Giving your child a sense of belonging is of irreplaceable value. So many little ones grow up lost, even in a family. Perhaps they are neglected. Perhaps they are abused. Perhaps dad and mom are just tired.
And so, in addition to the natural means of making a child feel wanted and loved, such as family dinners, nighttime prayers, playing together, physical affection, listening and talking, reading aloud, and so on, there is another you can add to what you are currently doing. This, Dear Parent, is convincing your child that Mary is our mother and the saints are our friends.
Your little child, so sweet and tender, is very capable of experiencing the affection of the Blessed Mother and the constant support of those saints in the Church Triumphant.
It all begins with tenderness. The little ones need a mother’s touch. And in our glorious religion, we have the supreme benefit of having an earthly mother and a heavenly one.
Deck your home with images of the Blessed Mother. As you carry your little one upstairs for bedtime, not only say good night to Daddy or the older siblings, but also Mother Mary, or as some affectionately say, Mama Mary. Place an image of your child’s Mama Mary in his or her room in addition to the most essential crucifix.
As your child matures into adolescence, clearly explain how the Blessed Mother is the model of purity. Her perpetual virginity is a sign of offering one’s body to God as the ultimate sacrifice.
Tell your daughter, directly, to keep the modesty of Mary in all her attire, in how she presents herself. Ask her how the Blessed Mother would approve of her behavior.
Tell your son, directly, to keep the purity of Mary in mind as he begins to interact with young women, and especially as he chooses a wife. Ask him if this or that girl reminds him of the Blessed Mother. And then tell him that if the answer was not an immediate yes, he should run from her as fast as his legs can take him.
When you, as Father and Mother, are worn to the bone tired—one more meal to cook, one more mess to clean, one more floor to sweep, one more diaper to change, one more toilet to plunge, one more drain to unclog, one more appliance to fix, one more insurance adjustment to make, one more bill to pay—remember the humility and charity that the Blessed Mother had when she served all those around her.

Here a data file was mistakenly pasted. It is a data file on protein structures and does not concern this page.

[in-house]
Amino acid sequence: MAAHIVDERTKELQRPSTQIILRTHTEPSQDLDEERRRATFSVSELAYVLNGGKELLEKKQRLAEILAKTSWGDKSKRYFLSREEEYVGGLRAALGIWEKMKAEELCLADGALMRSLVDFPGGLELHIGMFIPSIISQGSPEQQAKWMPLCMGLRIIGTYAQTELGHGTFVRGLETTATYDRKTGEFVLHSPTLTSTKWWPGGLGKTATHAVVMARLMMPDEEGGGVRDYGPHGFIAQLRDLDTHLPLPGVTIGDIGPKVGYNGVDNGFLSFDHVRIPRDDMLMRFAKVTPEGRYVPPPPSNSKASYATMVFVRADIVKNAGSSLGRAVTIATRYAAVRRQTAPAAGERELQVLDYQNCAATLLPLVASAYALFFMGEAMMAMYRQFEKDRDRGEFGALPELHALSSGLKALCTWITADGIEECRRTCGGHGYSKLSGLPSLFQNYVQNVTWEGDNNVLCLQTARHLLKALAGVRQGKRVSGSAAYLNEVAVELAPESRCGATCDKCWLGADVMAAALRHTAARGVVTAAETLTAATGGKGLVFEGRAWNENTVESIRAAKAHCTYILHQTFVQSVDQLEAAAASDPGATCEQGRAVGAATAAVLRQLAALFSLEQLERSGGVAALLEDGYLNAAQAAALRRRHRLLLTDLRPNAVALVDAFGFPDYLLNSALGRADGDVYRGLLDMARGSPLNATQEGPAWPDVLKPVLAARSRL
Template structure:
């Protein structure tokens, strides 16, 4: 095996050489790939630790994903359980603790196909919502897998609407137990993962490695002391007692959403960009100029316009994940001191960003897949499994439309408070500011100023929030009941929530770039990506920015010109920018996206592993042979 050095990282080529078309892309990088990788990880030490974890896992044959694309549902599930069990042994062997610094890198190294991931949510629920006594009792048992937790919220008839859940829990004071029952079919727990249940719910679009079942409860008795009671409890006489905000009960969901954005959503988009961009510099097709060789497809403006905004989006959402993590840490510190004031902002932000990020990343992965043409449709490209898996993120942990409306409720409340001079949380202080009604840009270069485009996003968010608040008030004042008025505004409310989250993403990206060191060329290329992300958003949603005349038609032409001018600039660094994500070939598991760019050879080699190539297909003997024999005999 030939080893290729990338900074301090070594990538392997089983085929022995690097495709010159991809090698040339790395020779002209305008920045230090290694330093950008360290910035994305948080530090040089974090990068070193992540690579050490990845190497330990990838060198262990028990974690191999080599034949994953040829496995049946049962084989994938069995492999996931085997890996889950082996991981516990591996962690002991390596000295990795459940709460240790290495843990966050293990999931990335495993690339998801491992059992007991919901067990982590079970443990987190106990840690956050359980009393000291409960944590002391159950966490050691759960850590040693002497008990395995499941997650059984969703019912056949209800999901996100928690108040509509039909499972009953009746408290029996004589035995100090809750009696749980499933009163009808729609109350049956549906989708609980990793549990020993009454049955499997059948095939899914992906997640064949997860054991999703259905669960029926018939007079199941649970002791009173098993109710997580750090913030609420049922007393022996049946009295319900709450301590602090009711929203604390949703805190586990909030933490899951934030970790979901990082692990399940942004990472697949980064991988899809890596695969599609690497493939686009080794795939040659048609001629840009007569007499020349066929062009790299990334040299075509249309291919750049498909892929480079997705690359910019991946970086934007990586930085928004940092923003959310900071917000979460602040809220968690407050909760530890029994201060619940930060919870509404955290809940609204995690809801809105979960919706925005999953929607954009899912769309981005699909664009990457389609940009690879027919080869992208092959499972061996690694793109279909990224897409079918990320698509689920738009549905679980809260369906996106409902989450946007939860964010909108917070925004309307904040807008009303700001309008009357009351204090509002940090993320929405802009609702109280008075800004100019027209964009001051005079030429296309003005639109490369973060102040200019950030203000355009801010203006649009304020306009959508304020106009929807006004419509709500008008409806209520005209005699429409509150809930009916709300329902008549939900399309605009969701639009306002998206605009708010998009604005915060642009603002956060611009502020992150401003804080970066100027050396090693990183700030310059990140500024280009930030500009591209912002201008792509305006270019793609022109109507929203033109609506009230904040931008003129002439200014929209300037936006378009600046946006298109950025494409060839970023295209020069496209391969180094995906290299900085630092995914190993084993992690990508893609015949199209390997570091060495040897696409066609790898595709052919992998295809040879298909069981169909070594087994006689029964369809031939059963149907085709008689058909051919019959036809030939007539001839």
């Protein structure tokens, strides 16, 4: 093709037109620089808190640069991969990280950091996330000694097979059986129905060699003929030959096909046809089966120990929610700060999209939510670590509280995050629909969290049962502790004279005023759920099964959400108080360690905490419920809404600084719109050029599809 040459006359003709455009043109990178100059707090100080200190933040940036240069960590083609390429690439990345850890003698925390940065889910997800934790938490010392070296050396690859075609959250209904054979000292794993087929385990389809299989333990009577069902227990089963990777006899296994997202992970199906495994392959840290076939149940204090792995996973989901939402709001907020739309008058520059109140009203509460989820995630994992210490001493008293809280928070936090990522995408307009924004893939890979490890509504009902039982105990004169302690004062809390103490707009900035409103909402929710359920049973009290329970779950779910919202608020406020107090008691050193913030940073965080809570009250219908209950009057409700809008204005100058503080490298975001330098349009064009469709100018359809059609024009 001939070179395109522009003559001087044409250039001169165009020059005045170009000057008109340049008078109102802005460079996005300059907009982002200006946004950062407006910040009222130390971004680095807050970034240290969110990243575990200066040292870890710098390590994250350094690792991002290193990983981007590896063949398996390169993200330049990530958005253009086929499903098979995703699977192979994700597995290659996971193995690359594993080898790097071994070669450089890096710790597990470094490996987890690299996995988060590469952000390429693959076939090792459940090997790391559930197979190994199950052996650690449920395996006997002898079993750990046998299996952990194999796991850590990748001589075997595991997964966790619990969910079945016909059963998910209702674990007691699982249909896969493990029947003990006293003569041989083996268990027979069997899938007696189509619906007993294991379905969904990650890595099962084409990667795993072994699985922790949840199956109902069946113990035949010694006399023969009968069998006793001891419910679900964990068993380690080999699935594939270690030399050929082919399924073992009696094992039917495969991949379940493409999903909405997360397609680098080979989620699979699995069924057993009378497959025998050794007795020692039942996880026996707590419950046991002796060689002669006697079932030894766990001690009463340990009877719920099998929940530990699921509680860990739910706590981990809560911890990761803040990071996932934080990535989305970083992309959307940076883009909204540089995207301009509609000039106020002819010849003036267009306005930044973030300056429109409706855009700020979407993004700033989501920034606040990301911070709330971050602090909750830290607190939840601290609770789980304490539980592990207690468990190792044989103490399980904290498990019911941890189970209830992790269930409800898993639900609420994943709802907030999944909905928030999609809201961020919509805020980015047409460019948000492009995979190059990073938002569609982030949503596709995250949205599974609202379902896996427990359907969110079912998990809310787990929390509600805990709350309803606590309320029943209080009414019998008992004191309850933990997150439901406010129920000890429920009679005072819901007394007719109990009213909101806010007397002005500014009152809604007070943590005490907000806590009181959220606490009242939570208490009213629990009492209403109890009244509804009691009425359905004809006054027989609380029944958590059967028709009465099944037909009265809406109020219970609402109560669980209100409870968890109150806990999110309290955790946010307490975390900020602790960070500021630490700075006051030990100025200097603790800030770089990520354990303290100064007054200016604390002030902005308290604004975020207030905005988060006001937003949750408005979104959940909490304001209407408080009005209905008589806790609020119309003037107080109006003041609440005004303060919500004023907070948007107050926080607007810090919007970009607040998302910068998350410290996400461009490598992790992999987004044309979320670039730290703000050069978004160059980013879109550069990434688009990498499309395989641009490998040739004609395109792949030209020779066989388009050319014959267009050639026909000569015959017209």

Yet again, the truth glares at us in the eyes: your child’s devotion to Mary will mirror your own. You must seek her intercession. You must have a little quiet place in your heart for her, a place you turn to in the midst of a crisis. It is a little place that belongs just to her. It is a place where you can meet her to become instantly refreshed in humility and charity. And then, as you come out of this sacred space, you will feel the very tenderness from your loving Mother and in turn pass it on to your little one.
Familiarity with the Saints
A child deserves to grow up surrounded by the saints of heaven. It is your duty, Good Parent, to feed their eyes with sacred images of the saints, their minds with sacred stories of the saints, their hearts with sacred devotions to the saints. Your child should consider the saints as alive as they consider aunts and uncles and friends; in fact, more so. When your little one complains that he has no friends, point to his heavenly companions, who are infinitely more loyal than any earthly friends.
It is important for you and your spouse—and perhaps your older children—to choose a patron saint of the family. Maybe it is glorious St. Joseph, but maybe it is a lesser-known saint who has meaning to your family. Choosing a patron saint should be an “event.” Carve out the time; have the participants bring a list of candidates and provide a written reason for each one; put them on a board or on a master list. Discuss all of them. There are no wrong ideas when it comes to the saints. Narrow it down to a handful. And then pray over it for a few days. Perhaps seek a holy priest’s opinion on your remaining candidates. Once you have chosen, find a sacred image of this holy man or woman, study their lives attentively, and invoke his or her intercession frequently. The end of the Holy Rosary is an opportune time to ask them to “pray for us.”
Additionally, choose your child’s baptismal name carefully. Do not be too trendy—an unfortunate trap modern parents fall into. Choose a biblical or canonized saint’s name. And then tell your child throughout his life that he has been entrusted to this saint by his very name. Again, have a sacred image of this patron saint right next to your child’s bed. While not as precious as one’s guardian angel, a patron saint is of great importance in the preservation of the Faith.
Furthermore, the properly formed family relies on the saints for all sorts of things—something that our Protestant brethren don’t understand. The communion of saints grants us the tremendous privilege to invoke their intercession in big things and small.
Your aim should be to form your child so that when they embark on a new task, challenge, endeavor, adventure, or suffering, they naturally ask, “Who is the patron saint of this?” If you have a little helper in the kitchen, tell them the story of St. Lawrence being grilled alive—and thus he is the patron of cooking! If your child is struggling with his school, tell him to pray to St. Benedict, patron of students. If you child can’t find their shoes as they are running out the door, quickly remind them to invoke the intercession of St. Anthony. If you and your child are going on a hike, mending a broken fence, burying a dead dog, whatever the task may be, pull out your smart phone and search right then and there, “Who is the patron saint of ____.”
The point, Dear Parent, is to use every opportunity to train that young mind in the ways of patron saints. It is a beautiful gift to give your children, one that they will carry with them until they meet all those holy men and women of God in their own glory.